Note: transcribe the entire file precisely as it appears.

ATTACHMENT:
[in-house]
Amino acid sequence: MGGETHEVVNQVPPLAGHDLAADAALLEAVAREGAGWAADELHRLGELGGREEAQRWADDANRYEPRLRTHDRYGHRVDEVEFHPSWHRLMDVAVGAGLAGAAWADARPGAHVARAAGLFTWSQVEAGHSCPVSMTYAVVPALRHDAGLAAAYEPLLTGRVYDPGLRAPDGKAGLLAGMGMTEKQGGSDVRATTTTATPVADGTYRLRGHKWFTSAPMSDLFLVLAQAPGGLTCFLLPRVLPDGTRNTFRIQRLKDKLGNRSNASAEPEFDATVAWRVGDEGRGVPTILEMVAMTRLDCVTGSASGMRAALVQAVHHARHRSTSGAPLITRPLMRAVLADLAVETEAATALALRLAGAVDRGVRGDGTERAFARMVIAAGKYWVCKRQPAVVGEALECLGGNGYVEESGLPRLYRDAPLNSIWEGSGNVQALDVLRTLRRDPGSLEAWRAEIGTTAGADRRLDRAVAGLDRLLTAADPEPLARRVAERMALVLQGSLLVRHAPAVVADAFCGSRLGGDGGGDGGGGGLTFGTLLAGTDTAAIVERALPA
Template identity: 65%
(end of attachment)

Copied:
[in-house]
Amino acid sequence: MGGETHEVVNQVPPLAGHDLAADAALLEAVAREGAGWAADELHRLGELGGREEAQRWADDANRYEPRLRTHDRYGHRVDEVEFHPSWHRLMDVAVGAGLAGAAWADARPGAHVARAAGLFTWSQVEAGHSCPVSMTYAVVPALRHDAGLAAAYEPLLTGRVYDPGLRAPDGKAGLLAGMGMTEKQGGSDVRATTTTATPVADGTYRLRGHKWFTSAPMSDLFLVLAQAPGGLTCFLLPRVLPDGTRNTFRIQRLKDKLGNRSNASAEPEFDATVAWRVGDEGRGVPTILEMVAMTRLDCVTGSASGMRAALVQAVHHARHRSTSGAPLITRPLMRAVLADLAVETEAATALALRLAGAVDRGVRGDGTERAFARMVIAAGKYWVCKRQPAVVGEALECLGGNGYVEESGLPRLYRDAPLNSIWEGSGNVQALDVLRTLRRDPGSLEAWRAEIGTTAGADRRLDRAVAGLDRLLTAADPEPLARRVAERMALVLQGSLLVRHAPAVVADAFCGSRLGGDGGGDGGGGGLTFGTLLAGTDTAAIVERALPA
Template identity: 65%